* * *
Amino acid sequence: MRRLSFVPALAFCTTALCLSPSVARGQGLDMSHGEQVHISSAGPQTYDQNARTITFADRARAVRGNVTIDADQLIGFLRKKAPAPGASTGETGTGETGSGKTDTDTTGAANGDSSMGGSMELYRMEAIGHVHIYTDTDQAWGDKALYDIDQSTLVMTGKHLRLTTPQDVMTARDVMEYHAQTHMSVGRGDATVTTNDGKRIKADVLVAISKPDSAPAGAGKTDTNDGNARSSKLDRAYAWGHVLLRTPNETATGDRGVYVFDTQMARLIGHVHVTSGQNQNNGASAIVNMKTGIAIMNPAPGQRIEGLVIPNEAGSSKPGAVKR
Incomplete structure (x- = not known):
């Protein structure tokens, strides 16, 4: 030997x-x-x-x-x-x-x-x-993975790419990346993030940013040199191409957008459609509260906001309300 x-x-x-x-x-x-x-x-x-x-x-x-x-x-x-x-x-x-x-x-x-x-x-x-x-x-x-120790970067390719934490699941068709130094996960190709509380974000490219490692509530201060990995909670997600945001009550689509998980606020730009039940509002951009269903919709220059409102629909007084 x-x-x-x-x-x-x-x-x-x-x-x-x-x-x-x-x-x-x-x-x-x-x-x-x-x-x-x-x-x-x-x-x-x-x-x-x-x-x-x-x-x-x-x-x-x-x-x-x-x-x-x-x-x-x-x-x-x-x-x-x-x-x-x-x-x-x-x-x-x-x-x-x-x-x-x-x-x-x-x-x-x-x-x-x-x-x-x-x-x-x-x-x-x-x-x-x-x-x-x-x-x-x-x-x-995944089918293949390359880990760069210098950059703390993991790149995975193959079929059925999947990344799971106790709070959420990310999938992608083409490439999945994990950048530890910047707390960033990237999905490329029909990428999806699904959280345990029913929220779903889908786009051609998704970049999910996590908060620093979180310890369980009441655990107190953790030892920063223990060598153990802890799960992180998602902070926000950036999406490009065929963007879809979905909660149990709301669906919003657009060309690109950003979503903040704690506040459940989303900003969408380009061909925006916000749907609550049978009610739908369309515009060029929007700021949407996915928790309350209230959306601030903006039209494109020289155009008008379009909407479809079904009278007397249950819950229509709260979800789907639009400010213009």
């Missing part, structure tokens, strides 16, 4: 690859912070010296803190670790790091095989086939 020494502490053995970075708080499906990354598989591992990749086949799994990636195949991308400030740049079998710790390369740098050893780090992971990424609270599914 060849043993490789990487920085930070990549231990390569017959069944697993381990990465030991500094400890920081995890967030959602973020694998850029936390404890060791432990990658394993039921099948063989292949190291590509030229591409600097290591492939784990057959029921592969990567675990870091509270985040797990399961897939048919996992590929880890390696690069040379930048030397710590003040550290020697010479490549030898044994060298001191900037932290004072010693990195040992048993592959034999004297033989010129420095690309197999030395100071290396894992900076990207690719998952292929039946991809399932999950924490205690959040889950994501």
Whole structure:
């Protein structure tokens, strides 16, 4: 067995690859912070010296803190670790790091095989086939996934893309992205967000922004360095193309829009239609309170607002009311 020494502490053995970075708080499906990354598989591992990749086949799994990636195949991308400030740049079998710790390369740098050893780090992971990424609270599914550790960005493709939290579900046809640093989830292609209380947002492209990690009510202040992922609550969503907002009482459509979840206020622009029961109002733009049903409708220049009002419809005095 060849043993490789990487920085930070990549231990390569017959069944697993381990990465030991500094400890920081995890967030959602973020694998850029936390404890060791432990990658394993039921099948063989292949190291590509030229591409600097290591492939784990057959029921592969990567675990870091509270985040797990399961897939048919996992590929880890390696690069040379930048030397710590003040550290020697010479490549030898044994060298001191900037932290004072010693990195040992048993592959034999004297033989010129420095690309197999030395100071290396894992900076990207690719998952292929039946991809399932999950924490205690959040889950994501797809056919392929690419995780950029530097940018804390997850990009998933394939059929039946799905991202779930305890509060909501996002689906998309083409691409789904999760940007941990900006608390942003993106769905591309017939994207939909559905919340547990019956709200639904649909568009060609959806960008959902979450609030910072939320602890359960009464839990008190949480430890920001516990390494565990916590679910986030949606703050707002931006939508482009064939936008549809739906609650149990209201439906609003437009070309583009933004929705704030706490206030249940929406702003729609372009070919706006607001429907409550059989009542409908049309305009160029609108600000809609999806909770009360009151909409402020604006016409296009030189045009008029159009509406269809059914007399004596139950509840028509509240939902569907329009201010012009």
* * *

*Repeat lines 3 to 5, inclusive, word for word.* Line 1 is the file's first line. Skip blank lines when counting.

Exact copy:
């Protein structure tokens, strides 16, 4: 030997x-x-x-x-x-x-x-x-993975790419990346993030940013040199191409957008459609509260906001309300 x-x-x-x-x-x-x-x-x-x-x-x-x-x-x-x-x-x-x-x-x-x-x-x-x-x-x-120790970067390719934490699941068709130094996960190709509380974000490219490692509530201060990995909670997600945001009550689509998980606020730009039940509002951009269903919709220059409102629909007084 x-x-x-x-x-x-x-x-x-x-x-x-x-x-x-x-x-x-x-x-x-x-x-x-x-x-x-x-x-x-x-x-x-x-x-x-x-x-x-x-x-x-x-x-x-x-x-x-x-x-x-x-x-x-x-x-x-x-x-x-x-x-x-x-x-x-x-x-x-x-x-x-x-x-x-x-x-x-x-x-x-x-x-x-x-x-x-x-x-x-x-x-x-x-x-x-x-x-x-x-x-x-x-x-x-995944089918293949390359880990760069210098950059703390993991790149995975193959079929059925999947990344799971106790709070959420990310999938992608083409490439999945994990950048530890910047707390960033990237999905490329029909990428999806699904959280345990029913929220779903889908786009051609998704970049999910996590908060620093979180310890369980009441655990107190953790030892920063223990060598153990802890799960992180998602902070926000950036999406490009065929963007879809979905909660149990709301669906919003657009060309690109950003979503903040704690506040459940989303900003969408380009061909925006916000749907609550049978009610739908369309515009060029929007700021949407996915928790309350209230959306601030903006039209494109020289155009008008379009909407479809079904009278007397249950819950229509709260979800789907639009400010213009």
């Missing part, structure tokens, strides 16, 4: 690859912070010296803190670790790091095989086939 020494502490053995970075708080499906990354598989591992990749086949799994990636195949991308400030740049079998710790390369740098050893780090992971990424609270599914 060849043993490789990487920085930070990549231990390569017959069944697993381990990465030991500094400890920081995890967030959602973020694998850029936390404890060791432990990658394993039921099948063989292949190291590509030229591409600097290591492939784990057959029921592969990567675990870091509270985040797990399961897939048919996992590929880890390696690069040379930048030397710590003040550290020697010479490549030898044994060298001191900037932290004072010693990195040992048993592959034999004297033989010129420095690309197999030395100071290396894992900076990207690719998952292929039946991809399932999950924490205690959040889950994501």
Whole structure: